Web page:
There was an unfortunate coincidence the other week of happenings in the Tour de France and the European Championships. Kylian Mbappe was running at speed towards defenders and the commentator bellowed about how they were backing off because they were so afraid of him. Well, yeah, because he was near the edge of the penalty box and if they touched him he would fall down. Indeed if they didn’t touch him but merely invaded his personal space he would probably also fall down. Because, despite his great speed and skill, Mbappe would always rather fall down theatrically and seek a penalty or a free kick than ride a bad tackle for the sake of glory as Maradona did in the 1986 World Cup for his spectacular goal against England. But this is somehow now normal in soccer. When Jurgen Klinsmann joined Spurs in the mid-90s the parodic diving goal celebration was appreciated because it was understood that diving was wrong and he was repentant. Now diving is par for the course. Gamesmanship. Clever play. There are any number of euphemisms to cover such disgusting cowardly craven cheating. But on the same day Mbappe was being praised there had been a number of crashes in Le Tour. Geraint Thomas, after one, with an audible pop, had his dislocated shoulder put back in place, and then got back on his bike to continue the race. He is still continuing in the race. I’ve complained before about the decline of soccer as both spectator sport and character building exercise due to the incessant cheating and the tactical negativity (raised to an art form by the Italians). It is not hard to imagine a time-travelling Spartan on his way to compete at Olympia passing Geraint Thomas: “What was that pop?” “Dislocated my shoulder. Put it back in.” “Respect”. Can you imagine that same Spartan having anything other than utter contempt for the parade of dissemblers at the Euros? Bafflingly two Atlantic writers have been praising the England team. Because they make all the right gestures for all the right political causes. And this apparently makes it okay to completely overlook these footballers’ actual conduct as footballers. England might well win tonight, but it will have an asterisk after it, just like France’s disgraceful triumph in 2018. The conduct of their fans, booing the Danish national anthem, defended by Gary Neville, and shining laser pointers at the Danish goalkeeper before a penalty kick, was equalled only by the conduct of their players, diving to get an unwarranted penalty, and thereafter retreating into corners with the ball like they were small children going nah-nah-nah-nah-nah. I don’t know how such behaviour is a spectator sport. I don’t know how such behaviour is morally improving. And I certainly won’t be tuning in tonight to see a thrilling clash between such a cheating team and a team renowned for not playing, in an attitude of pure defensiveness that, if replicated, would see all matches everywhere end 0-0. The only way to win this curious game of petulant millionaires is not to play…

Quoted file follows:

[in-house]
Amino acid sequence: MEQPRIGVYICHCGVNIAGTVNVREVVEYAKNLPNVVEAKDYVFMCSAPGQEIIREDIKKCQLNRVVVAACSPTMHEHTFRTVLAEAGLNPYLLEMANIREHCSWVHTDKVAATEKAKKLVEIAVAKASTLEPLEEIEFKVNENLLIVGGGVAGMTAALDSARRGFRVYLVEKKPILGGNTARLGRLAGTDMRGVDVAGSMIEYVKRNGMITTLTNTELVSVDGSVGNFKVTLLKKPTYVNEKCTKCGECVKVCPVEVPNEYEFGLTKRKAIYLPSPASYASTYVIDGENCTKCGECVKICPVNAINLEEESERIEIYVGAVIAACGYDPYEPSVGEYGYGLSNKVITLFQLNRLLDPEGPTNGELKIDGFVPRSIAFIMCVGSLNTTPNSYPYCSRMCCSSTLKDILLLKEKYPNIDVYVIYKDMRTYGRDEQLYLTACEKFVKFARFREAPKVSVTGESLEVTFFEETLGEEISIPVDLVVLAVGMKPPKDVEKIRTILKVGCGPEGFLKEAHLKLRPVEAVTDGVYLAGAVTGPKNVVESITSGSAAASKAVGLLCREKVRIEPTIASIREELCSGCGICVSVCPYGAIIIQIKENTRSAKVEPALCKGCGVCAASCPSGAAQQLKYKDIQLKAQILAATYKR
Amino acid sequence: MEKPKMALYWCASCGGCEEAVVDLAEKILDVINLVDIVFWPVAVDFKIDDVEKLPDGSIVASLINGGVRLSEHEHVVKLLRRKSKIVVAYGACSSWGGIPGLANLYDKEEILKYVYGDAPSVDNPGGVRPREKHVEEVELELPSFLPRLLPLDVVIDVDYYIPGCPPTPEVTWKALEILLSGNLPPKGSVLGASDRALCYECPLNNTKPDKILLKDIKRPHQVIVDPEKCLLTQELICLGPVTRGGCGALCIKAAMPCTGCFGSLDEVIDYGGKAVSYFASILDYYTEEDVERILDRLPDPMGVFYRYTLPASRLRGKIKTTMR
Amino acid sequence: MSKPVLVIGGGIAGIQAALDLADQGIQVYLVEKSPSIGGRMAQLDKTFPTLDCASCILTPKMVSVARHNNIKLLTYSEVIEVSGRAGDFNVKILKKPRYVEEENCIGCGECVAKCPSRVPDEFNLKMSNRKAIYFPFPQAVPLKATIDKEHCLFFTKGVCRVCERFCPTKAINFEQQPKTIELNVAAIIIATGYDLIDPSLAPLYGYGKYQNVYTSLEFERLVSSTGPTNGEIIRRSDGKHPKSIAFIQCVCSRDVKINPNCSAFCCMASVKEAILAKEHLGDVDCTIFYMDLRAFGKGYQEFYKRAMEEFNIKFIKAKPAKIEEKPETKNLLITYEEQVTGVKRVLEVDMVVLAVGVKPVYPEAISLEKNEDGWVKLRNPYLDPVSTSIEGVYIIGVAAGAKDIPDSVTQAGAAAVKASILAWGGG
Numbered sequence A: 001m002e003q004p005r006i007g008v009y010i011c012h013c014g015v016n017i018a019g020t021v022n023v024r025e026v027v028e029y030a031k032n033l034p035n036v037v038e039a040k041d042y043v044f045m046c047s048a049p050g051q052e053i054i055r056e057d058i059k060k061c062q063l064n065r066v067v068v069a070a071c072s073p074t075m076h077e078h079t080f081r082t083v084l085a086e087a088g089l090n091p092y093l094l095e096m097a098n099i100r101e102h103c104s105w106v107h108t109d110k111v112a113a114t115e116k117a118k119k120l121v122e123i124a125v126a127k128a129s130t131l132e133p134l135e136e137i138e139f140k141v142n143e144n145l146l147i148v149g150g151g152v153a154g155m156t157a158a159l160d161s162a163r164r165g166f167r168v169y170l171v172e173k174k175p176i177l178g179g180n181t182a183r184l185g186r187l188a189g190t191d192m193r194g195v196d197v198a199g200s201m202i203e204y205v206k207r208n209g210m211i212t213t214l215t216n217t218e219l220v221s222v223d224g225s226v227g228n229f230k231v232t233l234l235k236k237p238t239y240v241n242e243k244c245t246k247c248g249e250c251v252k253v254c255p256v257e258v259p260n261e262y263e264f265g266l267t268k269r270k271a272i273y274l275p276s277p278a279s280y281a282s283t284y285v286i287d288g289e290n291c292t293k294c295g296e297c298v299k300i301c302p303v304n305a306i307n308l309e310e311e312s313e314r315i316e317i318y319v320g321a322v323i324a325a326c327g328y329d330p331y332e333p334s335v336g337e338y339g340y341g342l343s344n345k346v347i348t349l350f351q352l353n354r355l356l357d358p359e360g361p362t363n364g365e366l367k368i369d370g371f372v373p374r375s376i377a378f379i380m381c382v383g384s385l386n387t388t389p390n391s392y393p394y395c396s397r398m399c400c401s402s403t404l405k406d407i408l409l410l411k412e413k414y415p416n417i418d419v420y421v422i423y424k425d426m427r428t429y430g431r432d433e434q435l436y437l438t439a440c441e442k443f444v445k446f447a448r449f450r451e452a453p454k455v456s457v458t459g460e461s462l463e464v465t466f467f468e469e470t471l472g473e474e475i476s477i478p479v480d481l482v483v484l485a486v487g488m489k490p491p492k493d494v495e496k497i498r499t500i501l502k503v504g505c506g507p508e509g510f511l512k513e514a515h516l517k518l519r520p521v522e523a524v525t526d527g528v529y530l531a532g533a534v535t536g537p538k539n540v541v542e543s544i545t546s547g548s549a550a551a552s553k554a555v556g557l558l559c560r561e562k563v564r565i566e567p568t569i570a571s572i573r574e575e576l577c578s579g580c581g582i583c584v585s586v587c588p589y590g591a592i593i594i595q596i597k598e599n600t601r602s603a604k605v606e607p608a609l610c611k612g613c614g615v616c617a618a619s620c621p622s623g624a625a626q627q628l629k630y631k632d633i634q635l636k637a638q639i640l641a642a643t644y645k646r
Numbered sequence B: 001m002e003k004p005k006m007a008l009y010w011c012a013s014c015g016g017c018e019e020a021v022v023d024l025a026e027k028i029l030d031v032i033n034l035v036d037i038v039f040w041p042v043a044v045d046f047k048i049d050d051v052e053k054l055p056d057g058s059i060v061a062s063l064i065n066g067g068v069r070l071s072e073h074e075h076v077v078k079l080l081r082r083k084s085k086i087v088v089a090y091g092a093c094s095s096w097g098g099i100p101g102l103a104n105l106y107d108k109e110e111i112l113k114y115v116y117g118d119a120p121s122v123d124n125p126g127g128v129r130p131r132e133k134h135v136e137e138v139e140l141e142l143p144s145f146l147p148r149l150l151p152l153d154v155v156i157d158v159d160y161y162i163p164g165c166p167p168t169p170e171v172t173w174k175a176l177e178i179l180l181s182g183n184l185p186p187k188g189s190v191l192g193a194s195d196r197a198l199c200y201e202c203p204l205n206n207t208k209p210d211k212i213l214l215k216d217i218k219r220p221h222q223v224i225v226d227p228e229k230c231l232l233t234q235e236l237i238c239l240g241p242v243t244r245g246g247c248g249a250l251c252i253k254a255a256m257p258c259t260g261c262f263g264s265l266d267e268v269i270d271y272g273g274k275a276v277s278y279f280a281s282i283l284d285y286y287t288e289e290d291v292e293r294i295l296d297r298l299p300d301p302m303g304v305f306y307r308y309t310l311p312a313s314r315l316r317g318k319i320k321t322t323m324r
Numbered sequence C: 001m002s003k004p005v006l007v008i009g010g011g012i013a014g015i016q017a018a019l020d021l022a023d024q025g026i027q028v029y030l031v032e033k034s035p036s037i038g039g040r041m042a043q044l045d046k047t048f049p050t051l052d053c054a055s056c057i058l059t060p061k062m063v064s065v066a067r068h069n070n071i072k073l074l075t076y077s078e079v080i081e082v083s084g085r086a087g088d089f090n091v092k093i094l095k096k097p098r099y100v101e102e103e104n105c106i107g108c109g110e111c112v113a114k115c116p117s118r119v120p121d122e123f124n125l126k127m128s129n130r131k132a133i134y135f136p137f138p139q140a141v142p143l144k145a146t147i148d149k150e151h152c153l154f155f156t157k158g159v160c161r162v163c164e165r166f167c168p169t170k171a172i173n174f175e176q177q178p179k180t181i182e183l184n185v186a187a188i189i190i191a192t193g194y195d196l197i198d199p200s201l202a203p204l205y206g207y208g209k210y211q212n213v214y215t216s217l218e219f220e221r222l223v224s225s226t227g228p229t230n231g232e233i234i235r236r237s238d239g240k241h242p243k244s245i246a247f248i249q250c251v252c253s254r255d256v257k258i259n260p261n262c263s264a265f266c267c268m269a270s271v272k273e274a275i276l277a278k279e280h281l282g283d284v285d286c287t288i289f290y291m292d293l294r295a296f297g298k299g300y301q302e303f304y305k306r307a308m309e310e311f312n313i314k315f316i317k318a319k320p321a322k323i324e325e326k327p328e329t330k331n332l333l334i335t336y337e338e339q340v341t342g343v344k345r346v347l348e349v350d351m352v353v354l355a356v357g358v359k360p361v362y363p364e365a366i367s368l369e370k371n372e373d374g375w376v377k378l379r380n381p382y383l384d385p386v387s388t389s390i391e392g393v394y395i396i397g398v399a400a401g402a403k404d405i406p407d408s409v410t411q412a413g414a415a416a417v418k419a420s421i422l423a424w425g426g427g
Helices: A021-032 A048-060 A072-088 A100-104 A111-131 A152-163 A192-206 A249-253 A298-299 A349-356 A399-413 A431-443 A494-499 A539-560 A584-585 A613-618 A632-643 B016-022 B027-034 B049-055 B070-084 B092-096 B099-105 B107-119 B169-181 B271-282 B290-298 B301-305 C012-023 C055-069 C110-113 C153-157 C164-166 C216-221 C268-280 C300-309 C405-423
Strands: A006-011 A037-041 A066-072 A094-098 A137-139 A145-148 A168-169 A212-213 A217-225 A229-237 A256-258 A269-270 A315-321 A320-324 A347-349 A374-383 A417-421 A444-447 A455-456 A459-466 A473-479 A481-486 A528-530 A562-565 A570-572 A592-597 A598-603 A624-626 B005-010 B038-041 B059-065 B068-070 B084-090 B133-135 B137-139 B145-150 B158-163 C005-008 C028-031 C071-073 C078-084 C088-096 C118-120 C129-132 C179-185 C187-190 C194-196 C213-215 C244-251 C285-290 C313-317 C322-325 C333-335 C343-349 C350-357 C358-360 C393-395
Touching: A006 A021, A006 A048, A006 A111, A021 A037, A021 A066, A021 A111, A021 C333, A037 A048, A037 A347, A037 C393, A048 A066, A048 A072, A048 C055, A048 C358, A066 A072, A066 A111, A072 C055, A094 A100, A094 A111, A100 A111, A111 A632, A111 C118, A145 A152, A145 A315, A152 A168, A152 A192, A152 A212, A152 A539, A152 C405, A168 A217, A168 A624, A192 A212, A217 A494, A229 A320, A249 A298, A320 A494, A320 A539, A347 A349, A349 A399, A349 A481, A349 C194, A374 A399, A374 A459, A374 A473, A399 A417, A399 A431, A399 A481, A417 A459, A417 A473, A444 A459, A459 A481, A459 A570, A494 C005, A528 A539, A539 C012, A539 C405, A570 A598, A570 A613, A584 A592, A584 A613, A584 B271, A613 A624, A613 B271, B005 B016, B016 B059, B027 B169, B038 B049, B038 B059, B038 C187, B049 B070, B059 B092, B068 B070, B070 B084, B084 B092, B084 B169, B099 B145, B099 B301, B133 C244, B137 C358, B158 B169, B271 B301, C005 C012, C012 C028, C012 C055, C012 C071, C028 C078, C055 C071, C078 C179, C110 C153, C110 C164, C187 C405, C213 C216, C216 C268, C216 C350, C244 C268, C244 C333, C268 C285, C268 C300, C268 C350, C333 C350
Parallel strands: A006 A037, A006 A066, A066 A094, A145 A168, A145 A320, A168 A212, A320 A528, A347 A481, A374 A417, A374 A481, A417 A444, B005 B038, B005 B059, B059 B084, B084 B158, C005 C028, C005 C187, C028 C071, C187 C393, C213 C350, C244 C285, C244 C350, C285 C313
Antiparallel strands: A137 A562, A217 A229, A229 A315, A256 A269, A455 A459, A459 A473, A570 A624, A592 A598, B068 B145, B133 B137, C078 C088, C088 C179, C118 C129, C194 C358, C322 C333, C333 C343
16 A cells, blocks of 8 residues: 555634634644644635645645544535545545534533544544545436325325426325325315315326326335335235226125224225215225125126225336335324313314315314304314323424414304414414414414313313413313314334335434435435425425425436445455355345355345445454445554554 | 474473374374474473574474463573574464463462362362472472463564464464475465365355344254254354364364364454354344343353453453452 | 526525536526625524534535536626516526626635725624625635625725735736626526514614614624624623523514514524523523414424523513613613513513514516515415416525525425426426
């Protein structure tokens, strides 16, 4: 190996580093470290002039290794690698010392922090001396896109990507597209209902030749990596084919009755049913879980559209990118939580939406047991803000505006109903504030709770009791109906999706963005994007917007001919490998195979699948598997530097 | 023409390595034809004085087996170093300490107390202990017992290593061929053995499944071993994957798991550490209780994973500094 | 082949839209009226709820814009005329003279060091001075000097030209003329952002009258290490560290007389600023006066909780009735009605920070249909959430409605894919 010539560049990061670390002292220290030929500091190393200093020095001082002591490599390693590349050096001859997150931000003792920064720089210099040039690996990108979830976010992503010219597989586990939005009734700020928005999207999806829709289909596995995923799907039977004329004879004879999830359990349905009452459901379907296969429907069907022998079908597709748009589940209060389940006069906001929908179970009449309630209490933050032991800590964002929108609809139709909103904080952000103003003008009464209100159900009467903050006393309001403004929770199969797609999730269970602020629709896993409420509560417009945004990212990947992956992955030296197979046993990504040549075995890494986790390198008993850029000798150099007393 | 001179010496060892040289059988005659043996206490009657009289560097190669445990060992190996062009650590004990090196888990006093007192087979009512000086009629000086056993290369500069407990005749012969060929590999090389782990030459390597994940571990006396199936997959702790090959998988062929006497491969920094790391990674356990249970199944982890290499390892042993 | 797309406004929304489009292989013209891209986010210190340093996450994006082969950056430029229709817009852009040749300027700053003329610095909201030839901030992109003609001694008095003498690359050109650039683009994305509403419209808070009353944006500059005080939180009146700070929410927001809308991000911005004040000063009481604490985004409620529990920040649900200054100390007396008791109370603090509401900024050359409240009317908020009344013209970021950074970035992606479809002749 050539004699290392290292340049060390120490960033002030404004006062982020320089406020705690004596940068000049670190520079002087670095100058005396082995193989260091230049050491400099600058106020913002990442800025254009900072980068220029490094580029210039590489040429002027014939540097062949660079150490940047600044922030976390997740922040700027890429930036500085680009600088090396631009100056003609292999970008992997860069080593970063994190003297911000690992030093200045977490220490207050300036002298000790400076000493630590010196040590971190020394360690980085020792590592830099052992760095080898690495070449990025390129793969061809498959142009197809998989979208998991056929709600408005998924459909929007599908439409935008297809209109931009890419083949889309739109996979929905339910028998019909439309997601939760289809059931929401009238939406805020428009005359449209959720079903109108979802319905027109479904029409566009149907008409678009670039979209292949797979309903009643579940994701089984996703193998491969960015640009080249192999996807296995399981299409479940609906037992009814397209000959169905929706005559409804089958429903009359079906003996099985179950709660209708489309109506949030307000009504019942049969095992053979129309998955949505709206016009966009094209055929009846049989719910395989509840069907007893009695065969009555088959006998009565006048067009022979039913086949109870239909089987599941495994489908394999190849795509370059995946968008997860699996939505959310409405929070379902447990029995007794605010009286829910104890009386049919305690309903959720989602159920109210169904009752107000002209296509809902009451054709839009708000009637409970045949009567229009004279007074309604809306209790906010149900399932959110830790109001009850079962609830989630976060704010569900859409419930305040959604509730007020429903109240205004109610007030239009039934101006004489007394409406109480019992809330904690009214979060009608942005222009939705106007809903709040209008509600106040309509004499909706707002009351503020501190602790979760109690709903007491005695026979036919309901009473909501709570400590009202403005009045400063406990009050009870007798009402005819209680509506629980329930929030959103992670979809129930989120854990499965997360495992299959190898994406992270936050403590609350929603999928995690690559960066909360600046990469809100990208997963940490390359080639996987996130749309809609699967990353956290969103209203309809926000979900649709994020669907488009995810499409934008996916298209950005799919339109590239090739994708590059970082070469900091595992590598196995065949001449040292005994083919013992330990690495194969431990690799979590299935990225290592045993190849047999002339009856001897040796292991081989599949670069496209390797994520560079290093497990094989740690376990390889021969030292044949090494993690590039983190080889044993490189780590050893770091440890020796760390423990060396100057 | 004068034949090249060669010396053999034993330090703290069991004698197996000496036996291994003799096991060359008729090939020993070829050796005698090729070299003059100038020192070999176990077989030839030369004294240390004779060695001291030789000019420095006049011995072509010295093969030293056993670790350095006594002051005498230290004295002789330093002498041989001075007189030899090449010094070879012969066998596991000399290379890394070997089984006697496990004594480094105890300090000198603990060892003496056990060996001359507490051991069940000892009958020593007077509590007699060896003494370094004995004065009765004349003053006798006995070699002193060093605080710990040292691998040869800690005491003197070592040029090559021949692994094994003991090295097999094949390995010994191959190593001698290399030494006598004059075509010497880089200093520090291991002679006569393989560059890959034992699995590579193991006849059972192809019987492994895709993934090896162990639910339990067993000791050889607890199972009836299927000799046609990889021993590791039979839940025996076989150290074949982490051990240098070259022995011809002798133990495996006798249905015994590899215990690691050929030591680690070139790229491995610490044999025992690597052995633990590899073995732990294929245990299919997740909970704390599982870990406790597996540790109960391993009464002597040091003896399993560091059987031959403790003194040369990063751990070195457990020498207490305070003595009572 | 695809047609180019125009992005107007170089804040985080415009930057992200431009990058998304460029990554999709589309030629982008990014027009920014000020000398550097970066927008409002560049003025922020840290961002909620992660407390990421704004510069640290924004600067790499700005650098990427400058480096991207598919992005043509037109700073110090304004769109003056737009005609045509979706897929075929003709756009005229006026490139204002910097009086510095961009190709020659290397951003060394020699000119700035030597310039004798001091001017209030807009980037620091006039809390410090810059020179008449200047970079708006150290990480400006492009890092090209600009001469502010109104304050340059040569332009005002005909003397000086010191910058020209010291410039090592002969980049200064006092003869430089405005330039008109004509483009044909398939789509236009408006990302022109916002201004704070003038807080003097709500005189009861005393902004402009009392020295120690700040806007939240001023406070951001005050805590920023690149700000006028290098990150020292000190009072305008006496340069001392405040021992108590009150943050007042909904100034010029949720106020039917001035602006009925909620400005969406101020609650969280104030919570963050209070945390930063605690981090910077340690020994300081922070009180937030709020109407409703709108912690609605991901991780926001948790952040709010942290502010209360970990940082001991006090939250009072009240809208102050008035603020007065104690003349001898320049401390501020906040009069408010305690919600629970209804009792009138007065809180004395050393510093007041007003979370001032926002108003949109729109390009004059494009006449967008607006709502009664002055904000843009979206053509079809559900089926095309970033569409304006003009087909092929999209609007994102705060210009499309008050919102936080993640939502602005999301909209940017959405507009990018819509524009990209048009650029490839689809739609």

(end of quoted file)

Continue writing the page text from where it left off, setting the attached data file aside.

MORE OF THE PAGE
Intemperate language betrays inane logic

So, an incident at the RDS on Friday made me think about an unhinged conspiracy theory that rattled around Facebook back in 2013. Apparently the real reason that Pope Benedict XVI was resigning the Papacy was nothing to do with the rigours of the job and his advanced age. Oh no, it was to avoid being extradited *somewhere* to stand trial for covering up child abuse. Now, this didn’t seem all that logical. He would after all have to never leave the Vatican ever again by the logic of the argument. But he went to Castel Gandolfo a few months later. And no SWAT teams abseiled down from helicopters to crash thru the windows and arrest him for extradition. And they never have in all the years since. Because the argument was bollocks. And it was very obviously bollocks if you took the time to read the ‘article’ that was being breathlessly shared. The only problem was nobody did, because, in the manner of the scam outlined hilariously in the standout essay in Jessica Mitford’s Poison Penmanship, it played in to all their prejudices and fears about the world. I watched semi-aghast as numerous acquaintances after years of university education, who would regard themselves as educated and sophisticated, fell for gibberish, because they would also regard themselves as progressive, and this gave them a heaven-sent opportunity to vent Anti-Catholic bile in the name of justice. None of them ever posted anything retracting their venom when Benedict moseyed out of the Vatican, none of them ever gave any indication of feeling even a little bit sheepish about having fallen hook, line and sinker for total nonsense. Because none of them had stopped to wonder why the tone of the ‘article’ felt so wrong – breathless, abusive, poorly structured, poorly phrased, full of pseudo-legal claptrap. I couldn’t help but feel the same tonal incongruity the other day pouring forth endlessly, repetitively, and then see on Twitter and Facebook the faithful for whom it was meant lapping it up; all oblivious to the total insanity clear to anyone who would actually listen to it, think about it, and call it what it was – nonsense.